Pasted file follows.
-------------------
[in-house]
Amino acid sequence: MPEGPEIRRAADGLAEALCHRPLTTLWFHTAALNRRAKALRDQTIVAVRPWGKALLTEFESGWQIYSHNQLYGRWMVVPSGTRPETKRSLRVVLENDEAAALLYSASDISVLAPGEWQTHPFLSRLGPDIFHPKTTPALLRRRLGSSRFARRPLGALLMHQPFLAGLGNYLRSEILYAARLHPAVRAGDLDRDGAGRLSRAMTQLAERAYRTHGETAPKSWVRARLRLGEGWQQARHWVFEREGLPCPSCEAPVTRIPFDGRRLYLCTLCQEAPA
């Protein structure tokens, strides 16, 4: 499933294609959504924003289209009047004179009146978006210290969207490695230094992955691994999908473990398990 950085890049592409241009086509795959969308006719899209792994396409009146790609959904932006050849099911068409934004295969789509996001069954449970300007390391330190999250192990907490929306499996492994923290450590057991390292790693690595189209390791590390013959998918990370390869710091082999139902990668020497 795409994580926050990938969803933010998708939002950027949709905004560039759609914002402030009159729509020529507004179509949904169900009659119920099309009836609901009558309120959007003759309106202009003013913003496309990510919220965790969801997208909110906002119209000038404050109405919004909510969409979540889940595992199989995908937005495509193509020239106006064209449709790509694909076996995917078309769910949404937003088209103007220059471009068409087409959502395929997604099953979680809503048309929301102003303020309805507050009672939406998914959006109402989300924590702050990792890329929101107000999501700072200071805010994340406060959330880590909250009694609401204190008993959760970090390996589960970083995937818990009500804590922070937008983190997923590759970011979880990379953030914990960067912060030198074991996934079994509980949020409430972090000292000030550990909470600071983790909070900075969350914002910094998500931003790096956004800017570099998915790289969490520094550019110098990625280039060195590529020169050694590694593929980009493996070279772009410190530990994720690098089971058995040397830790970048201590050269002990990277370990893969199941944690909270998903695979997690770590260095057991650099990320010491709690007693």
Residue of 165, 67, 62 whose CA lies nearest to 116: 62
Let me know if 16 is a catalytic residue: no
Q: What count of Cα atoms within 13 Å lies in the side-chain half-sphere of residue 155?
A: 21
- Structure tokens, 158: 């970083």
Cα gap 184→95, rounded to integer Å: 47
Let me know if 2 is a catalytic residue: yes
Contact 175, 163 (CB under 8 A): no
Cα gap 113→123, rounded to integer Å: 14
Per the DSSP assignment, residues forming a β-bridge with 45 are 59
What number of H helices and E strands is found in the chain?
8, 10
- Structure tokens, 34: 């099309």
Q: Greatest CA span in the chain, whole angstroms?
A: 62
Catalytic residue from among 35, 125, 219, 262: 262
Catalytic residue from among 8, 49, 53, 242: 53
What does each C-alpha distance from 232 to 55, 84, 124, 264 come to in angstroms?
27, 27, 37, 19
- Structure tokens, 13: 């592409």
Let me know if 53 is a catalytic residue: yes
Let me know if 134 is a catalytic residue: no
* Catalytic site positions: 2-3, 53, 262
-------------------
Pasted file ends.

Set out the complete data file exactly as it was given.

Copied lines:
[in-house]
Amino acid sequence: MPEGPEIRRAADGLAEALCHRPLTTLWFHTAALNRRAKALRDQTIVAVRPWGKALLTEFESGWQIYSHNQLYGRWMVVPSGTRPETKRSLRVVLENDEAAALLYSASDISVLAPGEWQTHPFLSRLGPDIFHPKTTPALLRRRLGSSRFARRPLGALLMHQPFLAGLGNYLRSEILYAARLHPAVRAGDLDRDGAGRLSRAMTQLAERAYRTHGETAPKSWVRARLRLGEGWQQARHWVFEREGLPCPSCEAPVTRIPFDGRRLYLCTLCQEAPA
């Protein structure tokens, strides 16, 4: 499933294609959504924003289209009047004179009146978006210290969207490695230094992955691994999908473990398990 950085890049592409241009086509795959969308006719899209792994396409009146790609959904932006050849099911068409934004295969789509996001069954449970300007390391330190999250192990907490929306499996492994923290450590057991390292790693690595189209390791590390013959998918990370390869710091082999139902990668020497 795409994580926050990938969803933010998708939002950027949709905004560039759609914002402030009159729509020529507004179509949904169900009659119920099309009836609901009558309120959007003759309106202009003013913003496309990510919220965790969801997208909110906002119209000038404050109405919004909510969409979540889940595992199989995908937005495509193509020239106006064209449709790509694909076996995917078309769910949404937003088209103007220059471009068409087409959502395929997604099953979680809503048309929301102003303020309805507050009672939406998914959006109402989300924590702050990792890329929101107000999501700072200071805010994340406060959330880590909250009694609401204190008993959760970090390996589960970083995937818990009500804590922070937008983190997923590759970011979880990379953030914990960067912060030198074991996934079994509980949020409430972090000292000030550990909470600071983790909070900075969350914002910094998500931003790096956004800017570099998915790289969490520094550019110098990625280039060195590529020169050694590694593929980009493996070279772009410190530990994720690098089971058995040397830790970048201590050269002990990277370990893969199941944690909270998903695979997690770590260095057991650099990320010491709690007693």
Residue of 165, 67, 62 whose CA lies nearest to 116: 62
Let me know if 16 is a catalytic residue: no
Q: What count of Cα atoms within 13 Å lies in the side-chain half-sphere of residue 155?
A: 21
- Structure tokens, 158: 């970083």
Cα gap 184→95, rounded to integer Å: 47
Let me know if 2 is a catalytic residue: yes
Contact 175, 163 (CB under 8 A): no
Cα gap 113→123, rounded to integer Å: 14
Per the DSSP assignment, residues forming a β-bridge with 45 are 59
What number of H helices and E strands is found in the chain?
8, 10
- Structure tokens, 34: 């099309």
Q: Greatest CA span in the chain, whole angstroms?
A: 62
Catalytic residue from among 35, 125, 219, 262: 262
Catalytic residue from among 8, 49, 53, 242: 53
What does each C-alpha distance from 232 to 55, 84, 124, 264 come to in angstroms?
27, 27, 37, 19
- Structure tokens, 13: 């592409």
Let me know if 53 is a catalytic residue: yes
Let me know if 134 is a catalytic residue: no
* Catalytic site positions: 2-3, 53, 262